Ion beam analysis laboratory and laboratory for nanomaterials 

The main development tasks at the 5-MV tandem accelerator TAMIA in 2014 concentrated on the installation and testing of the sample preparation and transport system for gaseous CO2 that is fed into the hybrid AMS (GAS-MCSNICS) ion source. The first tests with gaseous samples were successfully performed and produced 12C ion beam currents of about 5 µA. Using the same ion source in AMS measurements with graphitized samples yielded routinely an accuracy of better than 0.3% for the radiocarbon concentrations. These conventional AMS measurements, at 3-MV terminal voltage and charge state of +3, were performed through the year as four-day campaigns every second weekend (Friday to Tuesday). For all other experiments, the negative ions were extracted from the MISS ion source. The accelerated ions ranged from protons (at energies from 1.50 MeV to 10 MeV) to 197Au (stripped to charge state of +15 to reach the final energy of 80 MeV). An external-beam setup (in-air-PIXE) employing thin Si3N4 exit foils for 3-MeV protons was designed and constructed for the measurement of elemental composition in archaeological samples. About one-third of the beam time of TAMIA was devoted to the TOF-ERDA experiments on thin ALD samples. Ion beams of 35Cl, 37Cl, 79Br, and 127I at energies between 32 and 55 MeV were employed in TOF-ERDA. As a complementary technique, Rutherford backscattering with 7Li, 12C, and 28Si ions was used in some cases, e.g., for separation of Sn and Pb signals in a composite sample. Beams of 10-MeV protons and 23-MeV 12C were used for the study of irradiation effects in various materials, including graphene-oxide, carbon nanotube composites and SiC (followed by positron annihilation spectroscopy studies in collaboration with Aalto University).

The only tank opening of TAMIA during 2014 was caused by the wearing-out of the belt that runs the alternator powering-up the recirculating turbo pump at the high-voltage terminal. The service break then also included routine tests of the voltage-dividing resistor chain and adjustment of the spark gap of the high-pressure, high-voltage feedthrough of the charging belt. Furthermore, remote fiber-optic computer control for the charge-exchange gas at the high-voltage terminal was installed, enabling a much faster response possible than before. Minor service tasks and the further development of the control software were performed either during the experiments or between them.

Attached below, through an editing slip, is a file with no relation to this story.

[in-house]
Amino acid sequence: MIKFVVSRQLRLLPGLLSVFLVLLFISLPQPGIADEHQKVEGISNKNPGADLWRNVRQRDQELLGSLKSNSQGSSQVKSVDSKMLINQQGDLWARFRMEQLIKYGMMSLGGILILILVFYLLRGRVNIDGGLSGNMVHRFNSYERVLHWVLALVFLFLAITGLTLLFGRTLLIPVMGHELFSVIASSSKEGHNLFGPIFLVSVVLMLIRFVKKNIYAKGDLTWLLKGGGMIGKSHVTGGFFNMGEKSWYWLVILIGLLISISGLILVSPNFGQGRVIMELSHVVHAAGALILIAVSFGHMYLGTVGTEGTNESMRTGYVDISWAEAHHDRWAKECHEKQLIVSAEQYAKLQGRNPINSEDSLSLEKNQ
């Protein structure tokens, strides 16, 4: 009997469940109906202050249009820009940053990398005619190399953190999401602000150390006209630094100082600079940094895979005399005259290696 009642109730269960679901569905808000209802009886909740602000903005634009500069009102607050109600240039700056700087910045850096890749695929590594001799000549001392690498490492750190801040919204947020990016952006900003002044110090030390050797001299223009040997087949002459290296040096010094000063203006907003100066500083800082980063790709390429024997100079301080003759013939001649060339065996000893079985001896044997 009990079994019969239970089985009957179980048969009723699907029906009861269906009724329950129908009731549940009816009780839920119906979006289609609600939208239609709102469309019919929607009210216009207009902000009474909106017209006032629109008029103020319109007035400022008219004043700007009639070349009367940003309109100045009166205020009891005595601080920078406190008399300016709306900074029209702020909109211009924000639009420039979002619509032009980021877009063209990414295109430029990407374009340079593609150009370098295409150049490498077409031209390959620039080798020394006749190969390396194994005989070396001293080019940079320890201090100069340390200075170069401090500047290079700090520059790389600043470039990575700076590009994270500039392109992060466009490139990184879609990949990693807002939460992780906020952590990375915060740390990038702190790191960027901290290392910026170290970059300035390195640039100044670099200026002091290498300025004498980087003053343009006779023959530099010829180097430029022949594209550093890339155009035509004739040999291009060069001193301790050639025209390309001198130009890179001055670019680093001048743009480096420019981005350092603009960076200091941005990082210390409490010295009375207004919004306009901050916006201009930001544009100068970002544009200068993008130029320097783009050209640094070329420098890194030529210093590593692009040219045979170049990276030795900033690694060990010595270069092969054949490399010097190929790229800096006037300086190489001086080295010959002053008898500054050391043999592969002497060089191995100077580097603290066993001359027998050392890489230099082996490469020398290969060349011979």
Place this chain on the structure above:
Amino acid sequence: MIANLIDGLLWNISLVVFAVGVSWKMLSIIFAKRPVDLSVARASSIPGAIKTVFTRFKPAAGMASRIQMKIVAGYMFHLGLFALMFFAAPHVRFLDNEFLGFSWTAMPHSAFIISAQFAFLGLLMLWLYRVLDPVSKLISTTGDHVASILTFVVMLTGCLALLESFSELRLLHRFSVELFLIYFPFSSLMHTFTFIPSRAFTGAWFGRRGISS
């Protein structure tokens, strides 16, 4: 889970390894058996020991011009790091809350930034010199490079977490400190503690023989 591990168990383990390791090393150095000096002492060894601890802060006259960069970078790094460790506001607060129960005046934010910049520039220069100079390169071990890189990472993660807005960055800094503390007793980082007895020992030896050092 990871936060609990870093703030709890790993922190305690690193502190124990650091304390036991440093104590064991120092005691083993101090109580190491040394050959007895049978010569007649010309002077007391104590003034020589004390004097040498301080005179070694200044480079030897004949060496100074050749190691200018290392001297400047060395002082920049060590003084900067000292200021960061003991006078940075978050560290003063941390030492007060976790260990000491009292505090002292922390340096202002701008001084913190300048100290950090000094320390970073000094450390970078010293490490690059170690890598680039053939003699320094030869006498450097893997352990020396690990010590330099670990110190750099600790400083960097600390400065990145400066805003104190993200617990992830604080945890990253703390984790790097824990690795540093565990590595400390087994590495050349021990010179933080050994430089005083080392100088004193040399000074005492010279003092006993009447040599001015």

The 500-kV ion accelerator KIIA was running very reliably in 2014 at all accelerating voltages, and only minor routine service, mostly on the ion sources was required. The accelerator was used almost exclusively for ion-beam implantation and irradiation experiments with ions ranging from 10-keV protons to 500-keV 127-iodine ions. As a new development, the iodine ion beams were generated in the Penning ion source by feeding it with iodine vapor from an external vial filled with elemental iodine. A project for installation of a computer control and automation system for KIIA was initiated. The lessons learned in the development and implementation of a similar system for TAMIA greatly facilitate the work.

During the past year, the main activity of the Laboratory for Nanomaterials was within the Center of Excellence project in Atomic Layer Deposition (CoE ALD) funded by the Academy of Finland. Novel multifunctional materials were in focus, aiming, first of all, at synthesis and studying of ultra-thin multiferroic films and nanostructured surfaces. Bismuth ferrite multiferroic films have been grown by ALD and analyzed by different techniques including also by the recently installed unique spectrometer combining Secondary Ion/Neutral Mass-Spectrometry and X-ray Photoelectron Spectroscopy in a single instrument (SIMS/SNMS-XPS). The synthesized films were found to show very good dielectric properties, exhibit peculiar magnetic behavior but they turned out to be rater poor ferroelectrics. In order to be of interest for practical applications, the latter is to be improved and this will be in focus of the future research.

The new SIMS/SNMS-XPS spectrometer turned out to be of unexpectedly high interest for internal and external users. While SIMS/SNMS enables surface analysis with a record sensitivity in the ppb range and depth profiling, XPS enables complementary surface chemical state characterization. The facility was actively employed in the following projects (in addition to already mentioned CoE ALD): EU and TEKES funded EUROFUSION project (materials for fusion reactors, collaboration with VTT); development of radiation hard silicon detectors (in collaboration with HIP). Interaction of self-assembled monolayers with nanoclusters deposited on a surface and argon ion irradiation-induced morphological instability of bare and thiol-functionalized Au(111) surfaces were studied.